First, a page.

Short front cross carry is a poppable carry that can be done with a base -1 to base -4 depending on the wrap you use. This carry can be done with or without a ring. This will demonstrate how to do short front cross carry with a ring.
Soul is a wonderful company based in Bangalore, India that has taken the world by storm! They offer so many various carrier styles. From slings to buckles–they’ve got it all! They even have some pretty sweet accessories to match their carriers. I first came across them on Instagram a couple years ago and since then I’ve been watching them explode! Recently I was sent a Maze Blues Jacquard Onbuhimo to try out.
Since Minerva is my main wearee, I tested this out mostly with her. I did wear this some with Maxine (40 lbs) and she fit in it well! Minerva is about 20 lbs and 28 inches tall. She was juuuust big enough to fit well in the carrier. With onbuhimos, all the weight is carried in your shoulders, so one of the most important aspects of the carrier for me is the padding. Soul hit it out the park with this padding. I have tried a few other brands of buckle onbuhimo and this one had the squishiest padding. It reminded me of memory foam. The padding is thicker than in their buckle carriers which is a good thing.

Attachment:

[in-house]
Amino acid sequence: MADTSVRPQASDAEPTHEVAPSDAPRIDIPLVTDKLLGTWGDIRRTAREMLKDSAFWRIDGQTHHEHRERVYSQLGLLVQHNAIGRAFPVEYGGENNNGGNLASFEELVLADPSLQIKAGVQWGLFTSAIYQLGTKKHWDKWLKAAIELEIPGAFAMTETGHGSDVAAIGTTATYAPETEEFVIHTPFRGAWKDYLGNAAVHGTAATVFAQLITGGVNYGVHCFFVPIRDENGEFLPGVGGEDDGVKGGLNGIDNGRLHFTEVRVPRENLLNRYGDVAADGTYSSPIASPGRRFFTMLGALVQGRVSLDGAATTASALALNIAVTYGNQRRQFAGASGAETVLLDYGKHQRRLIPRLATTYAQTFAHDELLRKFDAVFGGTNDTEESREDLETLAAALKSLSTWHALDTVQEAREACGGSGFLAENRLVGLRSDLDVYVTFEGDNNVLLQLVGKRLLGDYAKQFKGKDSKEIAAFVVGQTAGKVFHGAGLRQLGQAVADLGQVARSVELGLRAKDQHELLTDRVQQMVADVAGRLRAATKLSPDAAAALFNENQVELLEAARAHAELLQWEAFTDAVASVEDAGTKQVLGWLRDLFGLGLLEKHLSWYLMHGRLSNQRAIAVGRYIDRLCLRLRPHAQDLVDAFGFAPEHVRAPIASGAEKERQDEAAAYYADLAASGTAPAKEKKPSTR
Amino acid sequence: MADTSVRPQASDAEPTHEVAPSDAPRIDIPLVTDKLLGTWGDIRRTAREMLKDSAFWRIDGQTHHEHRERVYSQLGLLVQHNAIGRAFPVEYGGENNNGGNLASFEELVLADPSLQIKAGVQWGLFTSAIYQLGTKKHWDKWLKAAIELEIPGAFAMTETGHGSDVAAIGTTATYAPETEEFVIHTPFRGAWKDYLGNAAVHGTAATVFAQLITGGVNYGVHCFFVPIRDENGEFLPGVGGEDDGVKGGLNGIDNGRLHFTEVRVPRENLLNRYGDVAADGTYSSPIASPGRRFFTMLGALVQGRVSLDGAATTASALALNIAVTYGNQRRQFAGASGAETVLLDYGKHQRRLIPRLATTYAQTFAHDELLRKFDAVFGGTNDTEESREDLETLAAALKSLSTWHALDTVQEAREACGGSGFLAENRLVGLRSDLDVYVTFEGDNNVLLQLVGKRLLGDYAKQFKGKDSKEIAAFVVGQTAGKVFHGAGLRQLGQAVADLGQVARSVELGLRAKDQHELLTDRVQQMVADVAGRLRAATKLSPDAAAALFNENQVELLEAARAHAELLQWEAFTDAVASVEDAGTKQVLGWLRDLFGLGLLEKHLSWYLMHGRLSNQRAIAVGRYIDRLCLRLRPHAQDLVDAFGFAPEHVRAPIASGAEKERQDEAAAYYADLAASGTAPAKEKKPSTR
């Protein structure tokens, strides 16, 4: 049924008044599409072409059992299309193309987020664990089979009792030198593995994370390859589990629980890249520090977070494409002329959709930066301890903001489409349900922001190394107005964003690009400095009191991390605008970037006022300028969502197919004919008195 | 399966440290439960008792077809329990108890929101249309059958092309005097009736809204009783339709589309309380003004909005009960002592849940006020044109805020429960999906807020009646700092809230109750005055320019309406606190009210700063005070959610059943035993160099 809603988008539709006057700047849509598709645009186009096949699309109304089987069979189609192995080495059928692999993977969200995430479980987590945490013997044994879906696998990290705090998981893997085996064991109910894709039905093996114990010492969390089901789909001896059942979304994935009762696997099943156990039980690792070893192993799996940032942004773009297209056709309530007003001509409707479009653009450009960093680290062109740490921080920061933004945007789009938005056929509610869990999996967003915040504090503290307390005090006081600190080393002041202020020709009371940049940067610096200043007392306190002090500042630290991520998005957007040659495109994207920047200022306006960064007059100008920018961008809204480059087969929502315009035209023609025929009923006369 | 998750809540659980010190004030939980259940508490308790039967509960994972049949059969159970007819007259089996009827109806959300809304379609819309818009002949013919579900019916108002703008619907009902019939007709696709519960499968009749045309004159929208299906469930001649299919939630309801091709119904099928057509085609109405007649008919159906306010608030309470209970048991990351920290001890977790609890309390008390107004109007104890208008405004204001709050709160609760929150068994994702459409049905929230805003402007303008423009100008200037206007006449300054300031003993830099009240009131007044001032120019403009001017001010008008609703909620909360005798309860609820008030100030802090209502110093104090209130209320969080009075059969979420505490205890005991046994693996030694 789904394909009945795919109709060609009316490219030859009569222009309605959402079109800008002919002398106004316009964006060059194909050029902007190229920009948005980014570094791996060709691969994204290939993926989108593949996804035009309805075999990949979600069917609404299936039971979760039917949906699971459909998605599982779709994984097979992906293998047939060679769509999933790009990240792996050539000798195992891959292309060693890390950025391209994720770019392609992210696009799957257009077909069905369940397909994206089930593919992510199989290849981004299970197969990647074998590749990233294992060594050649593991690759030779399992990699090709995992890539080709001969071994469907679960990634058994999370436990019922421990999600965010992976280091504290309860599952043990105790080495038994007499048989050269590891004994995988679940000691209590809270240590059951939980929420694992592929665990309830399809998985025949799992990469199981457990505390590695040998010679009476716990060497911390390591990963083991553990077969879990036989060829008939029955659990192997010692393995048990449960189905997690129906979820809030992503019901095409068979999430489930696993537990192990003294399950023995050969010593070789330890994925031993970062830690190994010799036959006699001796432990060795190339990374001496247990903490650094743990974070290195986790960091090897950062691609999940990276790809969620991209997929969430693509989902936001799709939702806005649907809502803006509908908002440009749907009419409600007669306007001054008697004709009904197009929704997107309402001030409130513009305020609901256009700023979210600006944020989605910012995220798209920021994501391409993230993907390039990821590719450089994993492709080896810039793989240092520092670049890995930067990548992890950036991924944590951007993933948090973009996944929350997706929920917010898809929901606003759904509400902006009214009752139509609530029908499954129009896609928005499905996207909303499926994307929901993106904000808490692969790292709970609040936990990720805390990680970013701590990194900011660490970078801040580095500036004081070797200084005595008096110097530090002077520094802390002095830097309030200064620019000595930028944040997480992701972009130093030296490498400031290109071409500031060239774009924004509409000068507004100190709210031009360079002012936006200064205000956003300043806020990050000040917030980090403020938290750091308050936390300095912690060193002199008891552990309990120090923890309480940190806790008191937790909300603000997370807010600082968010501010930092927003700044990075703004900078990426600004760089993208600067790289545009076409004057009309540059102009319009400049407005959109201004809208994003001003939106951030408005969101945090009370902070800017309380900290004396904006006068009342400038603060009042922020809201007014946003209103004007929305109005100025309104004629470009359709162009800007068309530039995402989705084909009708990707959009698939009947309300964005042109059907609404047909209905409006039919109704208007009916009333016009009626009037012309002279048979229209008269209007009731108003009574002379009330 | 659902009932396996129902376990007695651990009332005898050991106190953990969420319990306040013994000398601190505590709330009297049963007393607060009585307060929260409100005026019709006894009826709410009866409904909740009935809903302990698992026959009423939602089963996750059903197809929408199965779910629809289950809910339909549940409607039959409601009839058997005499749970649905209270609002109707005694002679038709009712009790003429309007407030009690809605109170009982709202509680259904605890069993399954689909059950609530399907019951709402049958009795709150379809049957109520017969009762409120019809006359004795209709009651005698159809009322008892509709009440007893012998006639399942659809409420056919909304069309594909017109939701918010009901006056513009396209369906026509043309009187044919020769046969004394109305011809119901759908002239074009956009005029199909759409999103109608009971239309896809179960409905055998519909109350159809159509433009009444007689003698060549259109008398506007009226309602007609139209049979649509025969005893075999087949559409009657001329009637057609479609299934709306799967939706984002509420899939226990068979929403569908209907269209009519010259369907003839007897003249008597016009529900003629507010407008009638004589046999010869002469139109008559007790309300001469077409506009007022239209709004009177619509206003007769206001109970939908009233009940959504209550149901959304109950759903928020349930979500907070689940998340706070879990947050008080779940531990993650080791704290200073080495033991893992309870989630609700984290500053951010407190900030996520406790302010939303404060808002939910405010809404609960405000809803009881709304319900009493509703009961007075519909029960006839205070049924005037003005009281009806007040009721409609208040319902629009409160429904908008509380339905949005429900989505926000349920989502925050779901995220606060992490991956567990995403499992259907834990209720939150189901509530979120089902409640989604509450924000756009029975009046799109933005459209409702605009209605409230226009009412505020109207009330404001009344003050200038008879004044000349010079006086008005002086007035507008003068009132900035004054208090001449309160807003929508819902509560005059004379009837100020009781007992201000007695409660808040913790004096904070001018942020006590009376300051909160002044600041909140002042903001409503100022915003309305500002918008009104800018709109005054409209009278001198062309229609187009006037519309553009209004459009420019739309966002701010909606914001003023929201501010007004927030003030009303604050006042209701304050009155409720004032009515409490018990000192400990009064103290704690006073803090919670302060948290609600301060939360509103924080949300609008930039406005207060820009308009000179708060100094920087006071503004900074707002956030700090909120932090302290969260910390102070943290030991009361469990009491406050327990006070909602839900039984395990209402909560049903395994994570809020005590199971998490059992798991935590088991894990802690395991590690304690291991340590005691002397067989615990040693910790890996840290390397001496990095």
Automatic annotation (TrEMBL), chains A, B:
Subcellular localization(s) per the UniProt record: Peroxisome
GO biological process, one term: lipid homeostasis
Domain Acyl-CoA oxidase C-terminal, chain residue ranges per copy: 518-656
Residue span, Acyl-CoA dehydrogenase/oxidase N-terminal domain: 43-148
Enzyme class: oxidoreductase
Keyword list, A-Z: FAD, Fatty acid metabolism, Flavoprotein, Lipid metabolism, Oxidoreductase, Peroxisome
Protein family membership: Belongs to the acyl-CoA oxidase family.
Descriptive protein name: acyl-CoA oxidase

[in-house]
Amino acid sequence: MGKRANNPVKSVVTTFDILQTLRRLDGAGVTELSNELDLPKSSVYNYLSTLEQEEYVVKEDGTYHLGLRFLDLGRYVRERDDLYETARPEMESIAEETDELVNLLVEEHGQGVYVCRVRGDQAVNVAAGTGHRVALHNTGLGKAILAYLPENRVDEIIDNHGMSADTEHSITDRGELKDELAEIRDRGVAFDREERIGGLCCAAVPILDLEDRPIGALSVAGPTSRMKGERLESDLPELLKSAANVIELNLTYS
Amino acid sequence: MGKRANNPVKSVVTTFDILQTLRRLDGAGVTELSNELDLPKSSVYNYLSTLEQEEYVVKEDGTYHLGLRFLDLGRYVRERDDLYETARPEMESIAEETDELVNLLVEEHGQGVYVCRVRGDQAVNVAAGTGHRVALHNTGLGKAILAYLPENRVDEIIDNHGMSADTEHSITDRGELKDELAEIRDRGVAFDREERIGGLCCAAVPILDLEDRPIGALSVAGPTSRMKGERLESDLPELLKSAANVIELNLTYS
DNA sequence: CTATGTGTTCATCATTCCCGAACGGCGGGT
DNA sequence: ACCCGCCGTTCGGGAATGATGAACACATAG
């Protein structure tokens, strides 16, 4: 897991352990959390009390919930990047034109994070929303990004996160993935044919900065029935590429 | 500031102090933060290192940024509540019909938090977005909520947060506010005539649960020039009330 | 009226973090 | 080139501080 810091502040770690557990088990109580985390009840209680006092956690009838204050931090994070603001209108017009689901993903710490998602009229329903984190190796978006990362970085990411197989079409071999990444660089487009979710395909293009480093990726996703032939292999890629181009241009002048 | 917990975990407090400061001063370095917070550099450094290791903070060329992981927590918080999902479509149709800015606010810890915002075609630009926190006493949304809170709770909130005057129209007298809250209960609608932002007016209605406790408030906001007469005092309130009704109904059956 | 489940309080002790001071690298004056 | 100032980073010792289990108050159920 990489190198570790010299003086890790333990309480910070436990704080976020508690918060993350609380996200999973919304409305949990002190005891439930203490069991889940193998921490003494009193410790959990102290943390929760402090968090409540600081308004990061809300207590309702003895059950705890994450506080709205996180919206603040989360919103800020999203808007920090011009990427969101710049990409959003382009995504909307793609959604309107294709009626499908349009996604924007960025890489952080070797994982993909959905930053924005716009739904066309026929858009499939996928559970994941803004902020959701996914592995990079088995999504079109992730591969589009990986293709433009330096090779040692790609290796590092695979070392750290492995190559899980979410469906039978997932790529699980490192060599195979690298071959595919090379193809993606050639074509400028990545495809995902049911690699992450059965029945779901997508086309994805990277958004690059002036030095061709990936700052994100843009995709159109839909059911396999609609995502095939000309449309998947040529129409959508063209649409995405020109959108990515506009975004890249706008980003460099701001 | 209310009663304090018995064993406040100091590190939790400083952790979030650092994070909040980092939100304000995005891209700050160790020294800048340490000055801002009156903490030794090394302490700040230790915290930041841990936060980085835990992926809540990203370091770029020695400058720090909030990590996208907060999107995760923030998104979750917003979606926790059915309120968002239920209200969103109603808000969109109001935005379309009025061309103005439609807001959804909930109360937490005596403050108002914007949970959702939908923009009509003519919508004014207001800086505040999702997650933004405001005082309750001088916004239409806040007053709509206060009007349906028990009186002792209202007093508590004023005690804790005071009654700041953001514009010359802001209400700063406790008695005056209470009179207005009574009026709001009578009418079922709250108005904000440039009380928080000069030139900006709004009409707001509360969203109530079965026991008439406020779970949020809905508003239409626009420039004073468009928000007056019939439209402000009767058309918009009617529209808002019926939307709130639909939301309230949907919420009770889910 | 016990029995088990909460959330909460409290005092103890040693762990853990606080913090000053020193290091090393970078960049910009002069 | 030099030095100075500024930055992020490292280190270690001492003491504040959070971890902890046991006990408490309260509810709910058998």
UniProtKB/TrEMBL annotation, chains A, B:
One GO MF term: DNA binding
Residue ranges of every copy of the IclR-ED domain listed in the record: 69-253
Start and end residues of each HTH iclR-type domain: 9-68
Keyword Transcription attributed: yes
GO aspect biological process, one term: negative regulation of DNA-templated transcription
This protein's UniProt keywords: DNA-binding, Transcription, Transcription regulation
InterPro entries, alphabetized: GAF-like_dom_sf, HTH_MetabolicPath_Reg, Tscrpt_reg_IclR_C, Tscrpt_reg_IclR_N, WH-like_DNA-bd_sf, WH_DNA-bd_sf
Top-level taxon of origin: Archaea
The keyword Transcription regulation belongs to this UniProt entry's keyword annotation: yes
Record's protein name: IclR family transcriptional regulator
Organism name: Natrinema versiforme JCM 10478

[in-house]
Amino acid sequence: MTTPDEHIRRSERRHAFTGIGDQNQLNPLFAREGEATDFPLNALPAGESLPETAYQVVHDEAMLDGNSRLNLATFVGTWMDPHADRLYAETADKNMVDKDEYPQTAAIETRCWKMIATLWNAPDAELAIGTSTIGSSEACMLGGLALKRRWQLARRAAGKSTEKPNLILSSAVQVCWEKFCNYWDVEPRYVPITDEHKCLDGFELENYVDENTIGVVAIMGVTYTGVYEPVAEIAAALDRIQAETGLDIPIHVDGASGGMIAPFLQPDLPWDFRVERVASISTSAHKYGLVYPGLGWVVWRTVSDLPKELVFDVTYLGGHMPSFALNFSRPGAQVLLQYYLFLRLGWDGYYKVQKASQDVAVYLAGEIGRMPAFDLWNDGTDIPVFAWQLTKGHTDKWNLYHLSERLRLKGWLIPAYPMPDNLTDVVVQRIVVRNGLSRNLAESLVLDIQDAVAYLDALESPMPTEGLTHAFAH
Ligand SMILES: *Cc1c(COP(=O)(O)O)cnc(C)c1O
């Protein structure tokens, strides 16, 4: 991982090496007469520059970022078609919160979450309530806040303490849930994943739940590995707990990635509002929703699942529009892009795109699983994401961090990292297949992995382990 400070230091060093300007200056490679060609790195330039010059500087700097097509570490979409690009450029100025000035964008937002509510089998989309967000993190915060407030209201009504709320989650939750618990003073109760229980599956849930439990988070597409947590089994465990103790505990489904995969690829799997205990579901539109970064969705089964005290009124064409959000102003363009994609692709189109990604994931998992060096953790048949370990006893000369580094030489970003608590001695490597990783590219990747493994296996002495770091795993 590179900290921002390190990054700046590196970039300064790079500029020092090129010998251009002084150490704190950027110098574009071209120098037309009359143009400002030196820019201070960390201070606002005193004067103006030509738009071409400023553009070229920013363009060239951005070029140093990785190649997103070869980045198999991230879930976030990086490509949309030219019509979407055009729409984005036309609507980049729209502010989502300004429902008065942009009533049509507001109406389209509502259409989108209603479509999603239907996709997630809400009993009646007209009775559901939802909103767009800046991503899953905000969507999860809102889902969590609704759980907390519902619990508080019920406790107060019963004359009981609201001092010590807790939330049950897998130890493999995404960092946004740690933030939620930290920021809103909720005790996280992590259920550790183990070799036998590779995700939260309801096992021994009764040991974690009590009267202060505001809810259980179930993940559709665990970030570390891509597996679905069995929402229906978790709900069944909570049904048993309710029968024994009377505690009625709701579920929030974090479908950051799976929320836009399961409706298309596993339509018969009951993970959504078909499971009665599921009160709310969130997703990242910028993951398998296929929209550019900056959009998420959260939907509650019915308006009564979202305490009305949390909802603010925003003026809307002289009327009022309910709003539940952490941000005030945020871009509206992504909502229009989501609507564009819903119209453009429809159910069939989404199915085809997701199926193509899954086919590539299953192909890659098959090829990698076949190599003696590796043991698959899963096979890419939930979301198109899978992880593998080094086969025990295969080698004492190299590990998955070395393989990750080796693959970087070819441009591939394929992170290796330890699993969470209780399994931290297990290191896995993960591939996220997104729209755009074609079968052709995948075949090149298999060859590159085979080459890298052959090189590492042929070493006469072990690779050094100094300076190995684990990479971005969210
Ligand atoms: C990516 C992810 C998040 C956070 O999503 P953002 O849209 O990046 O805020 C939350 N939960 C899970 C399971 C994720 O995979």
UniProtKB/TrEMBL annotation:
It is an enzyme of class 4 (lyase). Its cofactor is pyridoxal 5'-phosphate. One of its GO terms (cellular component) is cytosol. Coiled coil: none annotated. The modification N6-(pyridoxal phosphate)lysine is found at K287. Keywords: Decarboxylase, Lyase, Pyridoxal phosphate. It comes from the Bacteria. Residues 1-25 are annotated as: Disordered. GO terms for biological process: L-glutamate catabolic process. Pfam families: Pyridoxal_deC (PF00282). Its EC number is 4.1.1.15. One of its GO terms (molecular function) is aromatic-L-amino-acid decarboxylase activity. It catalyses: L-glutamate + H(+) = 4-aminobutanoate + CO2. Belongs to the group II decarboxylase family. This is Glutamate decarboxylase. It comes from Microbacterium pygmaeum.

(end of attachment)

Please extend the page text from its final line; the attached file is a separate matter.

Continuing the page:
The Soul onbuhimo has perfect fit adjusters (PFAs ) which help get the carrier to fit better. With Max, I preferred them all the way out. With Min, I liked them all the way in. The chest clip can be moved up and down to get to a comfortable spot as well. Everything on this is easy to adjust . The Soul onbuhimo fit great in my diaper bag and since there is so little fabric, it is pretty ideal for warmer weather as well. I got to wear it in 90 degree Virginia heat–it was not that bad!
Onbuhimos are recommended for wearees who have sufficient torso control to support their heads and sit up independently. I found that the carrier fit me pretty well. I am plus sized, so that is pretty important for me. It fit me with Maxine with plenty of webbing to spare and made me very happy!
The single most important part of my parenting journey is babywearing. Period. I mean of course there are other important things like feeding the baby, taking your vitamins (like these Honest vitamins,) and making sure you get to eat, but babywearing is one part of my parenting journey I can’t sing the praises of enough.